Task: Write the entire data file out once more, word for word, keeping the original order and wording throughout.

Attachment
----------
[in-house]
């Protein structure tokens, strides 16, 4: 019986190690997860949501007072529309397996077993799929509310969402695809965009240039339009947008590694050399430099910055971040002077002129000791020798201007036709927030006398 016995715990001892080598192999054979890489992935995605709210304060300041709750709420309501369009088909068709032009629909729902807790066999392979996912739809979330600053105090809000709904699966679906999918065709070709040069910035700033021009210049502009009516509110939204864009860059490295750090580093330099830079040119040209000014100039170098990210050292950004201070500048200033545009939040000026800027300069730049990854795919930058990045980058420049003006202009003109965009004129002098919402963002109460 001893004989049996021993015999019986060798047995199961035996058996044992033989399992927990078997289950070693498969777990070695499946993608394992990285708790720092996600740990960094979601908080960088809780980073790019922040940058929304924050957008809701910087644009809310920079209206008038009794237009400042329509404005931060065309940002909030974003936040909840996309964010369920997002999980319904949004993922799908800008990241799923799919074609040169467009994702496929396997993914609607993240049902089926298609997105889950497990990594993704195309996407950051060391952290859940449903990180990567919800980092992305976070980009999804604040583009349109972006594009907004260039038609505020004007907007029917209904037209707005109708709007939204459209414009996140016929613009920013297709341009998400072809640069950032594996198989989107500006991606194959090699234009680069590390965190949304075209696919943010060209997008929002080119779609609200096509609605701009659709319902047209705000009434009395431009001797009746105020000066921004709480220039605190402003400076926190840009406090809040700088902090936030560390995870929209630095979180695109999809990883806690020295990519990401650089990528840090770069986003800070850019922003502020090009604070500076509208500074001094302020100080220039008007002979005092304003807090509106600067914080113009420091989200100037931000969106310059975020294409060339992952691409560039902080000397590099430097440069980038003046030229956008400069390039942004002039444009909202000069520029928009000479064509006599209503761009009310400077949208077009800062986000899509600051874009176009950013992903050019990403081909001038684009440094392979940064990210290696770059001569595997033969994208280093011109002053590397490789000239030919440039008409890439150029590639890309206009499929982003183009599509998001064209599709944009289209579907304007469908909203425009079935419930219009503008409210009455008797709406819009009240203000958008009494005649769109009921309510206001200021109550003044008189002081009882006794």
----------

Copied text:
[in-house]
């Protein structure tokens, strides 16, 4: 019986190690997860949501007072529309397996077993799929509310969402695809965009240039339009947008590694050399430099910055971040002077002129000791020798201007036709927030006398 016995715990001892080598192999054979890489992935995605709210304060300041709750709420309501369009088909068709032009629909729902807790066999392979996912739809979330600053105090809000709904699966679906999918065709070709040069910035700033021009210049502009009516509110939204864009860059490295750090580093330099830079040119040209000014100039170098990210050292950004201070500048200033545009939040000026800027300069730049990854795919930058990045980058420049003006202009003109965009004129002098919402963002109460 001893004989049996021993015999019986060798047995199961035996058996044992033989399992927990078997289950070693498969777990070695499946993608394992990285708790720092996600740990960094979601908080960088809780980073790019922040940058929304924050957008809701910087644009809310920079209206008038009794237009400042329509404005931060065309940002909030974003936040909840996309964010369920997002999980319904949004993922799908800008990241799923799919074609040169467009994702496929396997993914609607993240049902089926298609997105889950497990990594993704195309996407950051060391952290859940449903990180990567919800980092992305976070980009999804604040583009349109972006594009907004260039038609505020004007907007029917209904037209707005109708709007939204459209414009996140016929613009920013297709341009998400072809640069950032594996198989989107500006991606194959090699234009680069590390965190949304075209696919943010060209997008929002080119779609609200096509609605701009659709319902047209705000009434009395431009001797009746105020000066921004709480220039605190402003400076926190840009406090809040700088902090936030560390995870929209630095979180695109999809990883806690020295990519990401650089990528840090770069986003800070850019922003502020090009604070500076509208500074001094302020100080220039008007002979005092304003807090509106600067914080113009420091989200100037931000969106310059975020294409060339992952691409560039902080000397590099430097440069980038003046030229956008400069390039942004002039444009909202000069520029928009000479064509006599209503761009009310400077949208077009800062986000899509600051874009176009950013992903050019990403081909001038684009440094392979940064990210290696770059001569595997033969994208280093011109002053590397490789000239030919440039008409890439150029590639890309206009499929982003183009599509998001064209599709944009289209579907304007469908909203425009079935419930219009503008409210009455008797709406819009009240203000958008009494005649769109009921309510206001200021109550003044008189002081009882006794």